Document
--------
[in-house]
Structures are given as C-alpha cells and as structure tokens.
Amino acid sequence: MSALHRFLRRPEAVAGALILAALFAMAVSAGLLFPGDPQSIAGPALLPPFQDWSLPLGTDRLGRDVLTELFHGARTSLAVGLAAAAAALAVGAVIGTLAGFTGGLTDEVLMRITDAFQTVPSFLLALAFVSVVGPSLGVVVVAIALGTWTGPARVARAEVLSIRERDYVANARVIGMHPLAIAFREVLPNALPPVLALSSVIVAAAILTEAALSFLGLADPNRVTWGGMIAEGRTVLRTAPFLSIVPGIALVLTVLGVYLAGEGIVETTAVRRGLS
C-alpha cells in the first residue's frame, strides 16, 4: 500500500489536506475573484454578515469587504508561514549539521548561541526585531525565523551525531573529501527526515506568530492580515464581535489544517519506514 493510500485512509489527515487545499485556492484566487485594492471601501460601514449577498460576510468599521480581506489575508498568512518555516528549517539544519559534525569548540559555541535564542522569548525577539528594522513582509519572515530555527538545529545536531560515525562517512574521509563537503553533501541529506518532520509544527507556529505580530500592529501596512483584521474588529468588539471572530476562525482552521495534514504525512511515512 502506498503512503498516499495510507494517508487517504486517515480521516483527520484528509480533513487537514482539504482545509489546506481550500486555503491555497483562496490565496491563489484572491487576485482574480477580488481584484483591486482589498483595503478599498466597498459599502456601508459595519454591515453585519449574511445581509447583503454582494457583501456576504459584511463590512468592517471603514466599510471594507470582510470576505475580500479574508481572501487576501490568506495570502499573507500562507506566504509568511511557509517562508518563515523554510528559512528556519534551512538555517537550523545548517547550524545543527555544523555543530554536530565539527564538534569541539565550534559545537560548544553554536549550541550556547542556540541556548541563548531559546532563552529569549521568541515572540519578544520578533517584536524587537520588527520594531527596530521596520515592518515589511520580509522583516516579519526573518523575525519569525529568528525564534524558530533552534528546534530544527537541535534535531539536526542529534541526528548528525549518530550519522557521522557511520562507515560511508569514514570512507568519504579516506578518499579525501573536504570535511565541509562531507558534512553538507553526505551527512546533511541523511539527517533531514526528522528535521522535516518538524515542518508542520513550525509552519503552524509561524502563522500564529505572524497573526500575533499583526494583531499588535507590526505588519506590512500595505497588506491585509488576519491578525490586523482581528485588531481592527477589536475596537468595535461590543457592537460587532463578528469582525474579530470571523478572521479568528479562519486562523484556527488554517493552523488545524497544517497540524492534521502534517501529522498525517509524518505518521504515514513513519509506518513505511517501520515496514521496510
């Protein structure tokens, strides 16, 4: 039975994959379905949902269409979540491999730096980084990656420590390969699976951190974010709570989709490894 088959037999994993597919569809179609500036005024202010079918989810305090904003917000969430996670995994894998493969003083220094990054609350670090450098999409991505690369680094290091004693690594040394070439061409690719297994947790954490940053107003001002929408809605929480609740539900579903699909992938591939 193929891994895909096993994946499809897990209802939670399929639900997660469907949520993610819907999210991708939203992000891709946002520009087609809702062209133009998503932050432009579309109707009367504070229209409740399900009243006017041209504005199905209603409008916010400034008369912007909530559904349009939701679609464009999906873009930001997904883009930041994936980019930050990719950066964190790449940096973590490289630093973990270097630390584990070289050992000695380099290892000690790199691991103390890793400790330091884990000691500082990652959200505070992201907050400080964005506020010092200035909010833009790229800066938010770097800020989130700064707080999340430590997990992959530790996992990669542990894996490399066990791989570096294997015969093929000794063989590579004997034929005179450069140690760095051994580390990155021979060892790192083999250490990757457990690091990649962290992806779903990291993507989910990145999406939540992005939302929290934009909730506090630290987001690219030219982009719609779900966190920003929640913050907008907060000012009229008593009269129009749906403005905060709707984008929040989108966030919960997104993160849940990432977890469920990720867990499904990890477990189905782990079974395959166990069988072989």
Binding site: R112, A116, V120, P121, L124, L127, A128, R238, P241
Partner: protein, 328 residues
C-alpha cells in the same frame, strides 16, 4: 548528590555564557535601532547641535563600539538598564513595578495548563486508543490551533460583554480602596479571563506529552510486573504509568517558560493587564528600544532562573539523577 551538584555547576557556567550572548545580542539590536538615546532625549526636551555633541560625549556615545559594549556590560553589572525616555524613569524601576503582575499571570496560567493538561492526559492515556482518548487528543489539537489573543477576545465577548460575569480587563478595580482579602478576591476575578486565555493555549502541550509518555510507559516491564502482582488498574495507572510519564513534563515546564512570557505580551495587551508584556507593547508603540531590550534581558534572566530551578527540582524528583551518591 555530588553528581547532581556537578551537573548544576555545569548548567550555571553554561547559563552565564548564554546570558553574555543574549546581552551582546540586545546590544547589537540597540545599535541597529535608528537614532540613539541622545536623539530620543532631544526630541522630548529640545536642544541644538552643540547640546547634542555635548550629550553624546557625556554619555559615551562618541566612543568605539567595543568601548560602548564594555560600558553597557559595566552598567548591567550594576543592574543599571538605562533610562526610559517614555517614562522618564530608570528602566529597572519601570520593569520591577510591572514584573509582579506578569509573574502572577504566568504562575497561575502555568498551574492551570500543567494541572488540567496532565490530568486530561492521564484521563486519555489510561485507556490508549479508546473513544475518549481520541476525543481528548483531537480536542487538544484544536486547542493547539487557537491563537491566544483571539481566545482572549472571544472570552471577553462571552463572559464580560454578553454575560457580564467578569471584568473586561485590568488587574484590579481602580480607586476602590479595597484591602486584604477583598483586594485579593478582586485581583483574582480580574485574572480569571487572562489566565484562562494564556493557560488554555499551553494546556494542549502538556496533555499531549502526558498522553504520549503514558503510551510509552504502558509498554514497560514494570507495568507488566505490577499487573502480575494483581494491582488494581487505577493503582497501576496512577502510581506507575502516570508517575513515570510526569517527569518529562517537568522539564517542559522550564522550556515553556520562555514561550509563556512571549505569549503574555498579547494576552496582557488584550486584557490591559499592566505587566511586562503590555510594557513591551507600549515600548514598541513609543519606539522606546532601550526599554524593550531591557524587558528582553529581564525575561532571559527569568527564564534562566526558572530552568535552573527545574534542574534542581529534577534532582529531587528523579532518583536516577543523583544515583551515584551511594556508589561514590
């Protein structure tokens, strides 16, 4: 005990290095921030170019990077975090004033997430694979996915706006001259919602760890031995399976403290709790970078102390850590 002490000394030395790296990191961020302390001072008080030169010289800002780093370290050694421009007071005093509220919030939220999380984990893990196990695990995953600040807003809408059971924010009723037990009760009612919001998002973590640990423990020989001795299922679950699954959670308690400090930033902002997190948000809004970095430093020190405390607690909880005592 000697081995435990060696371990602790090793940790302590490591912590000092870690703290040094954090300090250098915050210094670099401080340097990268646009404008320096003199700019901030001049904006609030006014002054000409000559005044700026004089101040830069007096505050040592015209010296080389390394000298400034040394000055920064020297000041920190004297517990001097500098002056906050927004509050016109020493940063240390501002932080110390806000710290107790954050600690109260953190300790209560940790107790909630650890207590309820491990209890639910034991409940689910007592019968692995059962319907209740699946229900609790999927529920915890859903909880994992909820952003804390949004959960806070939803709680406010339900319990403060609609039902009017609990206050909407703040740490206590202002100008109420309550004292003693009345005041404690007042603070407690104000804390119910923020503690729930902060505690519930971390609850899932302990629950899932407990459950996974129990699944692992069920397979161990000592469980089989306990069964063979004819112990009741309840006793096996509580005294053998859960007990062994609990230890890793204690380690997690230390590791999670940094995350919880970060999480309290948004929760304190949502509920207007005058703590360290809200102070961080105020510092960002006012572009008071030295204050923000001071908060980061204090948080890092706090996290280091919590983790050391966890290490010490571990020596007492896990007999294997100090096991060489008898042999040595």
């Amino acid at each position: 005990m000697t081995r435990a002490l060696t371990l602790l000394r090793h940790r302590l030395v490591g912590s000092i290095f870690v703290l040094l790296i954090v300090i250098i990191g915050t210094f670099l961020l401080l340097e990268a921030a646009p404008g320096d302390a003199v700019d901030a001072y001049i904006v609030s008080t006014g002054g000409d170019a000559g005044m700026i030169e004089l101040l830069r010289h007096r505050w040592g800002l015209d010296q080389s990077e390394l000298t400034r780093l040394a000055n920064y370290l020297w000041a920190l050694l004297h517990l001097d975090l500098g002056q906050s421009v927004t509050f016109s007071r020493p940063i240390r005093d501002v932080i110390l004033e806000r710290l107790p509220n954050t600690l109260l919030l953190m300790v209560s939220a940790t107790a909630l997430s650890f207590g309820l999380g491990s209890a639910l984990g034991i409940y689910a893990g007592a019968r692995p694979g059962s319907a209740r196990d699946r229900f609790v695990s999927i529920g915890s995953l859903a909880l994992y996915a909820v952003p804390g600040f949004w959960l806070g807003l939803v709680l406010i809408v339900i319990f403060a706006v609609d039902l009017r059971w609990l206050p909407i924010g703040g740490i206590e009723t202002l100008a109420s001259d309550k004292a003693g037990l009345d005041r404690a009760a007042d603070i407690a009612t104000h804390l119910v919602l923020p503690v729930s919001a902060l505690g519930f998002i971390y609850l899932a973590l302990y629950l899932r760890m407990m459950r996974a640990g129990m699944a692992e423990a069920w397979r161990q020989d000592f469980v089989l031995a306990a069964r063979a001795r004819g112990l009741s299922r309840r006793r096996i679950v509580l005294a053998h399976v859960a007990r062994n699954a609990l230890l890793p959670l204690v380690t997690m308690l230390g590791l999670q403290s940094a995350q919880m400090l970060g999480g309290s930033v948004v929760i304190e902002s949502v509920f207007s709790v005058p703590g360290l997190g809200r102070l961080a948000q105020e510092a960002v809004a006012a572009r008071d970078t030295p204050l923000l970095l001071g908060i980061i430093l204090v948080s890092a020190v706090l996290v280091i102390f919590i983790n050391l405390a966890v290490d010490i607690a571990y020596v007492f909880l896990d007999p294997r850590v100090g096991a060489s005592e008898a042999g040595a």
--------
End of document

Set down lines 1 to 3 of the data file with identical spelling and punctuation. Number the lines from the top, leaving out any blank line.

[in-house]
Structures are given as C-alpha cells and as structure tokens.
Amino acid sequence: MSALHRFLRRPEAVAGALILAALFAMAVSAGLLFPGDPQSIAGPALLPPFQDWSLPLGTDRLGRDVLTELFHGARTSLAVGLAAAAAALAVGAVIGTLAGFTGGLTDEVLMRITDAFQTVPSFLLALAFVSVVGPSLGVVVVAIALGTWTGPARVARAEVLSIRERDYVANARVIGMHPLAIAFREVLPNALPPVLALSSVIVAAAILTEAALSFLGLADPNRVTWGGMIAEGRTVLRTAPFLSIVPGIALVLTVLGVYLAGEGIVETTAVRRGLS